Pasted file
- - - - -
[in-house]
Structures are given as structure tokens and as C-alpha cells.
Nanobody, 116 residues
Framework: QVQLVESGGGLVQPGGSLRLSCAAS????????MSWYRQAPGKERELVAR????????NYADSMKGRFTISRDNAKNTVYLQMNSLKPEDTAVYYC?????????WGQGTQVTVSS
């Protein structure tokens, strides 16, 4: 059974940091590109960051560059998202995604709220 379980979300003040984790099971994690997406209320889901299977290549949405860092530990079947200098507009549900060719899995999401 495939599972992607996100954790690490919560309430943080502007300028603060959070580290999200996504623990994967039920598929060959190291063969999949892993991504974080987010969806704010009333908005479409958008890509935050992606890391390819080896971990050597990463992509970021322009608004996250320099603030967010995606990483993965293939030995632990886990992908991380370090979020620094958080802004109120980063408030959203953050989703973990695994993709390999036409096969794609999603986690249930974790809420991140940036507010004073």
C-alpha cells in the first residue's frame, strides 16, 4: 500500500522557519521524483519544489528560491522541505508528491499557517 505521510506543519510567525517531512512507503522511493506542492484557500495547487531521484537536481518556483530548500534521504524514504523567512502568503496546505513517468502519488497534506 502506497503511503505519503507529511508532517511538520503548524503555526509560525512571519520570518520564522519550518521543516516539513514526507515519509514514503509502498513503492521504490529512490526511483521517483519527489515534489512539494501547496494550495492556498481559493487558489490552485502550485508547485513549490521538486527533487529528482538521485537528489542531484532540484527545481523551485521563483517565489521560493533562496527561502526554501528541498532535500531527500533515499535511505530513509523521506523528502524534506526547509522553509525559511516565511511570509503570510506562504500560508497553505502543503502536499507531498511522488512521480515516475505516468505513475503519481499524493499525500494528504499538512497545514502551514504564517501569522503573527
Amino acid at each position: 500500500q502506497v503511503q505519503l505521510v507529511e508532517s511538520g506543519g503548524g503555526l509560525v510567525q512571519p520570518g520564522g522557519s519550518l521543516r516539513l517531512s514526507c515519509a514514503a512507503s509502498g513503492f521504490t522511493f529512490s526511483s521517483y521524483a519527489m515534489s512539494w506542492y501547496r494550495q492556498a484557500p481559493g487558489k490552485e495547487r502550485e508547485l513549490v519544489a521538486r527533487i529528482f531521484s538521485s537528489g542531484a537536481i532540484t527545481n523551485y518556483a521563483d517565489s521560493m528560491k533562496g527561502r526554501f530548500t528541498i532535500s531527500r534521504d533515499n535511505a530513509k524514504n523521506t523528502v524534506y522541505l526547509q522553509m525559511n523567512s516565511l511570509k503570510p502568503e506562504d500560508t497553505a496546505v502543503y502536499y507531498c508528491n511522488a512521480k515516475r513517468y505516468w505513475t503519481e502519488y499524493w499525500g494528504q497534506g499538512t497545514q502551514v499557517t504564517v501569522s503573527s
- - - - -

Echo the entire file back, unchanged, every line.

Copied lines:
[in-house]
Structures are given as structure tokens and as C-alpha cells.
Nanobody, 116 residues
Framework: QVQLVESGGGLVQPGGSLRLSCAAS????????MSWYRQAPGKERELVAR????????NYADSMKGRFTISRDNAKNTVYLQMNSLKPEDTAVYYC?????????WGQGTQVTVSS
């Protein structure tokens, strides 16, 4: 059974940091590109960051560059998202995604709220 379980979300003040984790099971994690997406209320889901299977290549949405860092530990079947200098507009549900060719899995999401 495939599972992607996100954790690490919560309430943080502007300028603060959070580290999200996504623990994967039920598929060959190291063969999949892993991504974080987010969806704010009333908005479409958008890509935050992606890391390819080896971990050597990463992509970021322009608004996250320099603030967010995606990483993965293939030995632990886990992908991380370090979020620094958080802004109120980063408030959203953050989703973990695994993709390999036409096969794609999603986690249930974790809420991140940036507010004073």
C-alpha cells in the first residue's frame, strides 16, 4: 500500500522557519521524483519544489528560491522541505508528491499557517 505521510506543519510567525517531512512507503522511493506542492484557500495547487531521484537536481518556483530548500534521504524514504523567512502568503496546505513517468502519488497534506 502506497503511503505519503507529511508532517511538520503548524503555526509560525512571519520570518520564522519550518521543516516539513514526507515519509514514503509502498513503492521504490529512490526511483521517483519527489515534489512539494501547496494550495492556498481559493487558489490552485502550485508547485513549490521538486527533487529528482538521485537528489542531484532540484527545481523551485521563483517565489521560493533562496527561502526554501528541498532535500531527500533515499535511505530513509523521506523528502524534506526547509522553509525559511516565511511570509503570510506562504500560508497553505502543503502536499507531498511522488512521480515516475505516468505513475503519481499524493499525500494528504499538512497545514502551514504564517501569522503573527
Amino acid at each position: 500500500q502506497v503511503q505519503l505521510v507529511e508532517s511538520g506543519g503548524g503555526l509560525v510567525q512571519p520570518g520564522g522557519s519550518l521543516r516539513l517531512s514526507c515519509a514514503a512507503s509502498g513503492f521504490t522511493f529512490s526511483s521517483y521524483a519527489m515534489s512539494w506542492y501547496r494550495q492556498a484557500p481559493g487558489k490552485e495547487r502550485e508547485l513549490v519544489a521538486r527533487i529528482f531521484s538521485s537528489g542531484a537536481i532540484t527545481n523551485y518556483a521563483d517565489s521560493m528560491k533562496g527561502r526554501f530548500t528541498i532535500s531527500r534521504d533515499n535511505a530513509k524514504n523521506t523528502v524534506y522541505l526547509q522553509m525559511n523567512s516565511l511570509k503570510p502568503e506562504d500560508t497553505a496546505v502543503y502536499y507531498c508528491n511522488a512521480k515516475r513517468y505516468w505513475t503519481e502519488y499524493w499525500g494528504q497534506g499538512t497545514q502551514v499557517t504564517v501569522s503573527s